The average boss looks at a curriculum vitae for just three minutes while one in five make a decision on a candidate by gleaning it for under a minute, new research suggests.
Despite almost a quarter of candidates claiming they have excellent written communication skills, many of them fall foul of using worn clichés in their CVs, the survey of 2,000 from New College of the Humanities found.
The university-level college, founded by philosopher Professor AC Grayling, says nearly 500,000 graduates will flood the job market this month - but thousands will make silly mistakes on their CV, which in turn dampens their chances of becoming employed.
This is followed by a casual tone, such as using 'you guys' in email correspondence or signing off with 'cheers' to a prospective employer - as well as coming across as laid-back on the CV.
In third place is the use of jargon and clichés that a candidate on BBC show The Apprentice would be proud of, such as 'thinking outside the box' and stating perfectionism as your weakness.
Here are the top ten pet hates:
1. Typos and grammatical errors
2. Overly casual tone
3. Use of jargon and clichés
4. A CV more than two pages in length
5. Snazzy borders and backgrounds
6. Writing in the third person
7. Inclusion of clip art or emojis
8. The use of cringeworthy quotes
9. Unprofessional email address
10. Unconventional font
In terms of worn clichés, almost half of CVs typically state the person tends to 'work well independently,' and a third say they are a 'team player.'
The research identified the most over used CV phrases likely to put them off potential employees:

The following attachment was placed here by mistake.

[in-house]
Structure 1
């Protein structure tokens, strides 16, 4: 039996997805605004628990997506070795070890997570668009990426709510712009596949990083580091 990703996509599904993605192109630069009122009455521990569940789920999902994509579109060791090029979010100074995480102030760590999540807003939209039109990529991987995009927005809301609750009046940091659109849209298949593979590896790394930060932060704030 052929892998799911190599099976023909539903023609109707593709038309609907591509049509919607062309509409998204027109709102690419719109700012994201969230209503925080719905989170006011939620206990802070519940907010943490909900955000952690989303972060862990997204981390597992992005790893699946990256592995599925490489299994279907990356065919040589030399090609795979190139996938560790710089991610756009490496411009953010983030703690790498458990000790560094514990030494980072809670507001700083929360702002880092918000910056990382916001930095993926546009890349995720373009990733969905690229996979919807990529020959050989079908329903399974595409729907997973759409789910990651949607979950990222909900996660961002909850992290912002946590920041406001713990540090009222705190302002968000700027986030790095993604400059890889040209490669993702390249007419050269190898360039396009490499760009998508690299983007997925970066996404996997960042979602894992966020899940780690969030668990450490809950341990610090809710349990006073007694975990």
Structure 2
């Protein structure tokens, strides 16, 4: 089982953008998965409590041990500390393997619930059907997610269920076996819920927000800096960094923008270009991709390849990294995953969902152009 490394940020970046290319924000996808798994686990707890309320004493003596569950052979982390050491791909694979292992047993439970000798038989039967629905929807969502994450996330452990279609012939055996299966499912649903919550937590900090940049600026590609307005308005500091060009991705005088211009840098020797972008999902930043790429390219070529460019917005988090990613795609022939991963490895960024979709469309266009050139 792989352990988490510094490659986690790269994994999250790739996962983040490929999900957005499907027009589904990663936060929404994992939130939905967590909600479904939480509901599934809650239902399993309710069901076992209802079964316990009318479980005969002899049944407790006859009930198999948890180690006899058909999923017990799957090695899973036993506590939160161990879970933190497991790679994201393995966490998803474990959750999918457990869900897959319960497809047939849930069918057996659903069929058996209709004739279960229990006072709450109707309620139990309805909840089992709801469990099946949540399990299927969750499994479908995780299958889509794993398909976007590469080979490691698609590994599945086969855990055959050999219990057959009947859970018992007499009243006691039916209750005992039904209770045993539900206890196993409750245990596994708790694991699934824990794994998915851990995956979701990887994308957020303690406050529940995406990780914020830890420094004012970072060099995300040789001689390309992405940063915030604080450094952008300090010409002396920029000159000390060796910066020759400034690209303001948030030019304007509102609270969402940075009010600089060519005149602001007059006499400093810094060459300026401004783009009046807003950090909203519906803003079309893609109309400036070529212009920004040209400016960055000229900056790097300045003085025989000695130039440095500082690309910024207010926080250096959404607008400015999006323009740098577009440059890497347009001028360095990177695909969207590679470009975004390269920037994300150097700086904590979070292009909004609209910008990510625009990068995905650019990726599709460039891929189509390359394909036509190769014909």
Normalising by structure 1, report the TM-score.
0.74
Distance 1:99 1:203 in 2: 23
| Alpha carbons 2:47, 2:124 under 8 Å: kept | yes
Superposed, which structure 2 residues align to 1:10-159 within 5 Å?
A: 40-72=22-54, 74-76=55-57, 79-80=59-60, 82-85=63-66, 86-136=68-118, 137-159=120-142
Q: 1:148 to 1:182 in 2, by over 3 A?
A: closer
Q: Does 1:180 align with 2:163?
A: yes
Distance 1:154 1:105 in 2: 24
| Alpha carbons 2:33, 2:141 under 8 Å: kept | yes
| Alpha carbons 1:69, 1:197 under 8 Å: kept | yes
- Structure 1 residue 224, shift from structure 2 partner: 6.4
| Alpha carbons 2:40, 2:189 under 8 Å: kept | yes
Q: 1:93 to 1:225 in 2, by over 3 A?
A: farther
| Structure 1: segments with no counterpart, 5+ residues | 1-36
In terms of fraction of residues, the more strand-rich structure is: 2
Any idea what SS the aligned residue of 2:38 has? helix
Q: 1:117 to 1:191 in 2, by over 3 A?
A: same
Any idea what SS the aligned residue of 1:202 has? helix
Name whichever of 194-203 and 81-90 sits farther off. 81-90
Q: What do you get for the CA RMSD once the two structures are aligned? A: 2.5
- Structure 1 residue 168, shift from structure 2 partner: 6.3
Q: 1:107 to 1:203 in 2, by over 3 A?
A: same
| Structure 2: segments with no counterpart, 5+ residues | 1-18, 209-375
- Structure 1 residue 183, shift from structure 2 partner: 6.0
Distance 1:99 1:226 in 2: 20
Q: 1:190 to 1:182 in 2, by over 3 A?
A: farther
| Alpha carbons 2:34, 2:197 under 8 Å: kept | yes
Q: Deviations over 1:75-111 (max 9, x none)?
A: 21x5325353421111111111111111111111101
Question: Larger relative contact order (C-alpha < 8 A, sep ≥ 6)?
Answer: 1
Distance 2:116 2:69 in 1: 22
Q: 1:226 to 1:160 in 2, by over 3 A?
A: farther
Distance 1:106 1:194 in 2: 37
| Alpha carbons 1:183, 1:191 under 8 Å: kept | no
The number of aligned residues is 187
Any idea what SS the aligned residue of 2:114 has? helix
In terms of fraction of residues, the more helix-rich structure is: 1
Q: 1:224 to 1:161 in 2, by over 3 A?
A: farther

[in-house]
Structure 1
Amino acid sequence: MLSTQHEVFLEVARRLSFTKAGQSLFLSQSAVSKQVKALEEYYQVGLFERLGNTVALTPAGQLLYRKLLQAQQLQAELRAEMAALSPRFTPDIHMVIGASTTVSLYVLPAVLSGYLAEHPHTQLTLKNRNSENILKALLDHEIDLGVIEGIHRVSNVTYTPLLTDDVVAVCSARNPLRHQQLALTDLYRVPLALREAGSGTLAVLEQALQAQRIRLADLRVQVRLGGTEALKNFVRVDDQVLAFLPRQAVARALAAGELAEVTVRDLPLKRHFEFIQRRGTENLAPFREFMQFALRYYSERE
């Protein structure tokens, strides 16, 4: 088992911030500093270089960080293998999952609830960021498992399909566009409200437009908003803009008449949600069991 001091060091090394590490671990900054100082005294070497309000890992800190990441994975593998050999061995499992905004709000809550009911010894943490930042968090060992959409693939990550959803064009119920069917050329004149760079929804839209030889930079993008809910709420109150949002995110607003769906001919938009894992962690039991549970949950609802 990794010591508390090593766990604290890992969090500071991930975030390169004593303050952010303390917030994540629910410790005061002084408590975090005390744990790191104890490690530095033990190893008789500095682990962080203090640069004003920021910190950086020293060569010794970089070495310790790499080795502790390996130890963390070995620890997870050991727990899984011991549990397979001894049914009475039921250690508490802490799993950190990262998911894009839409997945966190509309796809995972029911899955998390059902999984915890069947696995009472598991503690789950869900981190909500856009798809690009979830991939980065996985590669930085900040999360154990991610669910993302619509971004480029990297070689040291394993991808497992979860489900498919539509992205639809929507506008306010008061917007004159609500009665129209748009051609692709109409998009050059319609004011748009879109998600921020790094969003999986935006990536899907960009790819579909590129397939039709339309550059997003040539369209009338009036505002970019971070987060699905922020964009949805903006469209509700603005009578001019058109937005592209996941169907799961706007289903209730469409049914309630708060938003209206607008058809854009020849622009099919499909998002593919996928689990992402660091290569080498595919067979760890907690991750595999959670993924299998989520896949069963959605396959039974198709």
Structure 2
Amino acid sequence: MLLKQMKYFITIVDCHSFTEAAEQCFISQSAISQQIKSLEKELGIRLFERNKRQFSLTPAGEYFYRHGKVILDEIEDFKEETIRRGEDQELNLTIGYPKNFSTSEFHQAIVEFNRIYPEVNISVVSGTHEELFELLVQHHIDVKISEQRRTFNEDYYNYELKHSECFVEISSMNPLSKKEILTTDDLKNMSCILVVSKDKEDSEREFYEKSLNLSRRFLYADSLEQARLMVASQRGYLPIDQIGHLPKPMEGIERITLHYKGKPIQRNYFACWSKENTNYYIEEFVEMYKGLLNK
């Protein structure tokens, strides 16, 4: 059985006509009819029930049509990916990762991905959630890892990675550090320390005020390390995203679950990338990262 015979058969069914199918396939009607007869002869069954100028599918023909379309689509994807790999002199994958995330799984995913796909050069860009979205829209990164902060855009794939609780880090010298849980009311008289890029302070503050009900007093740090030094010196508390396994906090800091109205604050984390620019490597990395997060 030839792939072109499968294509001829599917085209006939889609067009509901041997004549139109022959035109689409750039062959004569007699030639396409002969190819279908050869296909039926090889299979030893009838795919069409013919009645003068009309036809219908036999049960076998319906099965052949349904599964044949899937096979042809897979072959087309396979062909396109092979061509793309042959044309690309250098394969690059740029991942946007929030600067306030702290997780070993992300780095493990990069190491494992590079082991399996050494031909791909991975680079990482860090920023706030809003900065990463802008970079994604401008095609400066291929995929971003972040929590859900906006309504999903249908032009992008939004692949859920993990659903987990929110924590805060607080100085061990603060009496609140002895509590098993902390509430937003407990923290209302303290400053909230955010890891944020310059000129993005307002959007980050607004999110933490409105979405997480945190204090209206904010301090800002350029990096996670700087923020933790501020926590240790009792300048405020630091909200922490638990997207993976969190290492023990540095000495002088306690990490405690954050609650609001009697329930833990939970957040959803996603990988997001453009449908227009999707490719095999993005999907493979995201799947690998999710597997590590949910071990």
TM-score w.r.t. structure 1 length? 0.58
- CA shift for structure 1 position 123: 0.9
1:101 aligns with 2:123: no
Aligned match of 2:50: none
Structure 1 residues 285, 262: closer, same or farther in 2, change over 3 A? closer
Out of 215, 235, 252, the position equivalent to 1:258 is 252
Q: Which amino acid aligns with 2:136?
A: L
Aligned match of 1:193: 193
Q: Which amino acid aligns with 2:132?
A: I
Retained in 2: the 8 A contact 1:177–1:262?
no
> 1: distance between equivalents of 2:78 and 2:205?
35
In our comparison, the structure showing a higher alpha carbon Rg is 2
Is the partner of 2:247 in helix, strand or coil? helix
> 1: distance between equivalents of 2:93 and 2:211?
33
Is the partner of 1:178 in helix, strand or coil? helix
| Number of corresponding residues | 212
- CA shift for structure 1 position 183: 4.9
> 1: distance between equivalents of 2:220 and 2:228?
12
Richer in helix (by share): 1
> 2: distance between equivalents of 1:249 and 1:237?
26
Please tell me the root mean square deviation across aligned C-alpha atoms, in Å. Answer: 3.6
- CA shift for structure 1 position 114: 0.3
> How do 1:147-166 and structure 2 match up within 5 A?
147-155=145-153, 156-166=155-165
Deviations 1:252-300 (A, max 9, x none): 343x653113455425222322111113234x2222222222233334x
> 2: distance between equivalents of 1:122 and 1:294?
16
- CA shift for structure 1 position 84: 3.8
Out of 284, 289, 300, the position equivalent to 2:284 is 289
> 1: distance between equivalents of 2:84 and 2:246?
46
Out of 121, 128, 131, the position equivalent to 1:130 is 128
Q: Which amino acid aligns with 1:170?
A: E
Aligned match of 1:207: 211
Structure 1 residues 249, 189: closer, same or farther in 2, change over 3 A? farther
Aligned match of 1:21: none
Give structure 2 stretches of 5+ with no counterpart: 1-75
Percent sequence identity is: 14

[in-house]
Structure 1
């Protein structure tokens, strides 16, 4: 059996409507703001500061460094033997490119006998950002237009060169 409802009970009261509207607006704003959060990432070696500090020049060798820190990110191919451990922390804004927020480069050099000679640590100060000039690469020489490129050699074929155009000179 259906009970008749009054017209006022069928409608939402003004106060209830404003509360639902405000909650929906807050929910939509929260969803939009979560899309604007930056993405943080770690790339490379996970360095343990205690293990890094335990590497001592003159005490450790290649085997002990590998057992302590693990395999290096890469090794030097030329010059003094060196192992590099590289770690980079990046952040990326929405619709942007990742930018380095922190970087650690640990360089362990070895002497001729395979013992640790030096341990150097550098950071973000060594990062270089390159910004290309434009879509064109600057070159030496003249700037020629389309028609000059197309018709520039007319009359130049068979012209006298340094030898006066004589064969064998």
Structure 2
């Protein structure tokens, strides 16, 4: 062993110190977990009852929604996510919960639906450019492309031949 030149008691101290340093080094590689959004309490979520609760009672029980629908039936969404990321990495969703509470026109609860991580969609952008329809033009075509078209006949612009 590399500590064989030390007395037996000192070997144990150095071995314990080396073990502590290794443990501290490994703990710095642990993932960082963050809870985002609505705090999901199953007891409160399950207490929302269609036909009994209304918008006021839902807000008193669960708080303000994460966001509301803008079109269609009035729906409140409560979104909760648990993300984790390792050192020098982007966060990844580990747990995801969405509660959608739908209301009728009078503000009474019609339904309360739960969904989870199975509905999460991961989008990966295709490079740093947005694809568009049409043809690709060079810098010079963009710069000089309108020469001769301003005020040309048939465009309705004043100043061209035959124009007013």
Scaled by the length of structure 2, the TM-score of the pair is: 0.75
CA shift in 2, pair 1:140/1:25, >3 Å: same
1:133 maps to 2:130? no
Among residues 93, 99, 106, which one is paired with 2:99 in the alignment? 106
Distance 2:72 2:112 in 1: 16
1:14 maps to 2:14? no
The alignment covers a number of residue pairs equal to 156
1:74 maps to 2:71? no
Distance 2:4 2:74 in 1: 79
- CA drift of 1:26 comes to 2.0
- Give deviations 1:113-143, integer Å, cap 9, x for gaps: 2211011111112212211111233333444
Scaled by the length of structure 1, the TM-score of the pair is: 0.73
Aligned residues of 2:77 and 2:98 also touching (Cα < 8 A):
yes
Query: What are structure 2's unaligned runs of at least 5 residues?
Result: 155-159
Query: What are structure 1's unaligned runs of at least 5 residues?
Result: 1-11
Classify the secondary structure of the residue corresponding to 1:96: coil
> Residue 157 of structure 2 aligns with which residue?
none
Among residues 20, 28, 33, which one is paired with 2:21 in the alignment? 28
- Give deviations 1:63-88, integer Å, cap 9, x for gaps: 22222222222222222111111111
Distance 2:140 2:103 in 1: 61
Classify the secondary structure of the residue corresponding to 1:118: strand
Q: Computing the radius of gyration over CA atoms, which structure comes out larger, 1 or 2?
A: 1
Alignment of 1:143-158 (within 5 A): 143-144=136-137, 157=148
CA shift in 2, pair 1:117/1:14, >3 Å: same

1. Can work independently
2. Hard worker
3. Works well under pressure
4. Good communicator
6. Team player
7. Good listener
8. Excellent written communication skills
10. Problem solver
The research shows that one in ten have been creative over length of employment and previous companies, while five per cent have bent the truth about previous positions and references.
Almost twice as many women lie about their hobbies and interests compared to men.
These CV catastrophes could explain why a third have applied for five roles without a response and one in ten have applied for more than 50 jobs and never heard back.
With that in mind, NCH has commissioned three internationally acclaimed artists to produce unique works of art that reimagine the CVs of its students and academics.
Swatee Jasoria, director of professional development at New College of the Humanities said: 'There is clearly an art to writing a great CV.
'And we want our students to stand out from the crowd where the competition for graduate jobs is still high despite a recovering economy.'